Their win improves them to 22-6-2 on the season and puts them two points ahead of the Blues despite having played two fewer games.

It was another impressive showing for Lightning goaltender Andrei Vasilevskiy who has been one of the underrated stars of this year’s Lightning team. Most of the attention has been directed to forwards Steven Stamkos and Nikita Kucherov (and deservedly so!) but let’s not lose sight of the fact that Vasilevskiy, in his first full season as the Lighting’s full-time starter, has been one of the best goalies in the league so far.

Tuesday’s game was his third shutout of the season, and after his 32-save performance against the Blues his .933 save percentage is among the best in the NHL, while his 20 wins (in only 25 starts) are tops in the league. Nobody else in the league has more than 17.

While Vasilevskiy was shining in net again, Kucherov scored his 21st goal of the season to move back into a tie with Alex Ovechkin for the top spot in the league. It was also his 42nd point which moved him into a tie with Stamkos for the league lead.

Brayden Point also continued his breakout season by opening the scoring with his 13th goal of the season. He also added an assist on Tyler Johnson‘s third period goal.

Adam Gretz is a writer for Pro Hockey Talk on NBC Sports. Drop him a line at phtblog@nbcsports.com or follow him on Twitter @AGretz.

John Tortorella had no time for questions after blowout loss (Video)

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Since being hired by the Columbus Blue Jackets John Tortorella has seemed to be a kinder, gentler coach.

The blow ups and battles with the media don’t seem to happen as much. We don’t get as many rants.

He just does not seem as angry all the time.

Losing 7-2 at home to the Edmonton Oilers, however, might change a few things.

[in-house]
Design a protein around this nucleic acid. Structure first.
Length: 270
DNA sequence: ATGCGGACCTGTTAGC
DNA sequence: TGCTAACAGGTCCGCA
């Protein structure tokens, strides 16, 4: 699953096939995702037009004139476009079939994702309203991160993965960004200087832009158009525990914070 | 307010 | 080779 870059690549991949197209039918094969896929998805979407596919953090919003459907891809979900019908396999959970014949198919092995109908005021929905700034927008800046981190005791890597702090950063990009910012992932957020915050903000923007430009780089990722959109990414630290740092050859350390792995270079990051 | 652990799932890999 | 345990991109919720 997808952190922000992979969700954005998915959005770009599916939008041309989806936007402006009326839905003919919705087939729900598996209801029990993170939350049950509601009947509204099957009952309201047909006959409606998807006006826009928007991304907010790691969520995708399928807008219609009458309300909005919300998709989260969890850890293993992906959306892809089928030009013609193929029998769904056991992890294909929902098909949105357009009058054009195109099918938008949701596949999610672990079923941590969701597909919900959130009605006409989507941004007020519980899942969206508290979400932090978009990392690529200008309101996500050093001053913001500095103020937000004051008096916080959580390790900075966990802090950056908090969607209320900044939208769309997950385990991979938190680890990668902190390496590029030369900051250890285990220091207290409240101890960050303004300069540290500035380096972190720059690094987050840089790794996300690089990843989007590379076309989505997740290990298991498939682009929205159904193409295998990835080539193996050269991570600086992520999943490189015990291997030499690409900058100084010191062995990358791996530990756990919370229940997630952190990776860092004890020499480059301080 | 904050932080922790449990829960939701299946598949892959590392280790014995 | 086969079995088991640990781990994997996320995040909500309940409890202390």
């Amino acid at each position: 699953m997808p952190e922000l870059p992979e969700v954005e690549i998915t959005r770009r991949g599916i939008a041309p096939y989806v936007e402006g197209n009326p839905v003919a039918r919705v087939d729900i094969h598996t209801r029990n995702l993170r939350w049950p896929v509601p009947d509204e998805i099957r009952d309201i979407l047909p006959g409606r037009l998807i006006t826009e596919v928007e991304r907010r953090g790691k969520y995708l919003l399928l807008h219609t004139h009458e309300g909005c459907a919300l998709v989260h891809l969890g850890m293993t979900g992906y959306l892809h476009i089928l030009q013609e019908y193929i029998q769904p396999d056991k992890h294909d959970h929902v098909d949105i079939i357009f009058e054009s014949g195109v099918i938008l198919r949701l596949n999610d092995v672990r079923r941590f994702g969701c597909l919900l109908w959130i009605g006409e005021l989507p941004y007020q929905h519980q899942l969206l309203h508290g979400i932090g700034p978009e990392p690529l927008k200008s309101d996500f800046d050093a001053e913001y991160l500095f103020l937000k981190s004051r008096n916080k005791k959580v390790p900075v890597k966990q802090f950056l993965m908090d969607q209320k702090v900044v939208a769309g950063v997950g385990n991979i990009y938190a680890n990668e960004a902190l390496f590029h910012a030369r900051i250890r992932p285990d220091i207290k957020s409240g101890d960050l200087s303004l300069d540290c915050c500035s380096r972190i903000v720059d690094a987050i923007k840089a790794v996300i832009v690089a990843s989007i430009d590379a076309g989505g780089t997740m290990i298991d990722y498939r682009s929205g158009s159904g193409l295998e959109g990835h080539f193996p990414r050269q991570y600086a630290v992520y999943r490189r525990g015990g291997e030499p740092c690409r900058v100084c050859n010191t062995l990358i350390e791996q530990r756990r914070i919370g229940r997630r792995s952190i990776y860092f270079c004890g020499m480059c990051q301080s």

That it was happened to the Blue Jackets on Tuesday night and Tortorella was in no mood to answer question about the game.

His press conference consisted of him stepping to the podium, saying there is no point in answering questions about the game, then leaving.

Here it is in all of its glory.

The only question we have: Is this shorter than the night he said the New York Rangers “sucked from head to toe?”

(Oddly enough, that game was also against the Edmonton Oilers).

That press conference lasted, roughly, 14 seconds from the time he started talking until the time he walked away (and also included the line “I know you have a job to do”).

Tonight’s comes in at just around 12 seconds. So we might have a record for the shortest John Tortorella press conference of all time.

Adam Gretz is a writer for Pro Hockey Talk on NBC Sports. Drop him a line at phtblog@nbcsports.com or follow him on Twitter @AGretz.

Former NHL defenseman Zarley Zalapski dies at 49

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CALGARY, Alberta (AP) Former NHL defenseman Zarley Zalapski has died at age 49, according to the Calgary Flames. No cause of death was given.

Zalapski, a native of Edmonton, played 637 NHL games for Calgary, Pittsburgh, Hartford, Montreal and Philadelphia from 1987 to 2000.

He was with the Flames from 1993 to 1998.

“We are proud that Zarley wore the Flames jersey, made Calgary his home following his playing career, represented our alumni executive and we will always remember him as a member of the Flames family,” Flames president and chief executive officer Ken King said Tuesday in a statement.

“This is a terrible loss of a man with great character who truly loved the game of hockey. We express our sincere condolences to the Zalapski family.”

Zalapski was a member of the Canadian team that finished fourth in the 1988 Winter Olympics in Calgary.

He had 99 goals, 285 assists and 684 penalty minutes in the NHL. Zalapski was named to the all-rookie team in 1989 and participated in the NHL All-Star Game in 1993.

Zalapski played stints in Austria and Switzerland after his NHL career and appeared in 11 games for the United Hockey League’s Kalamazoo Wings in 2004-05.

He was the fourth overall pick by the Penguins in the 1986 entry draft.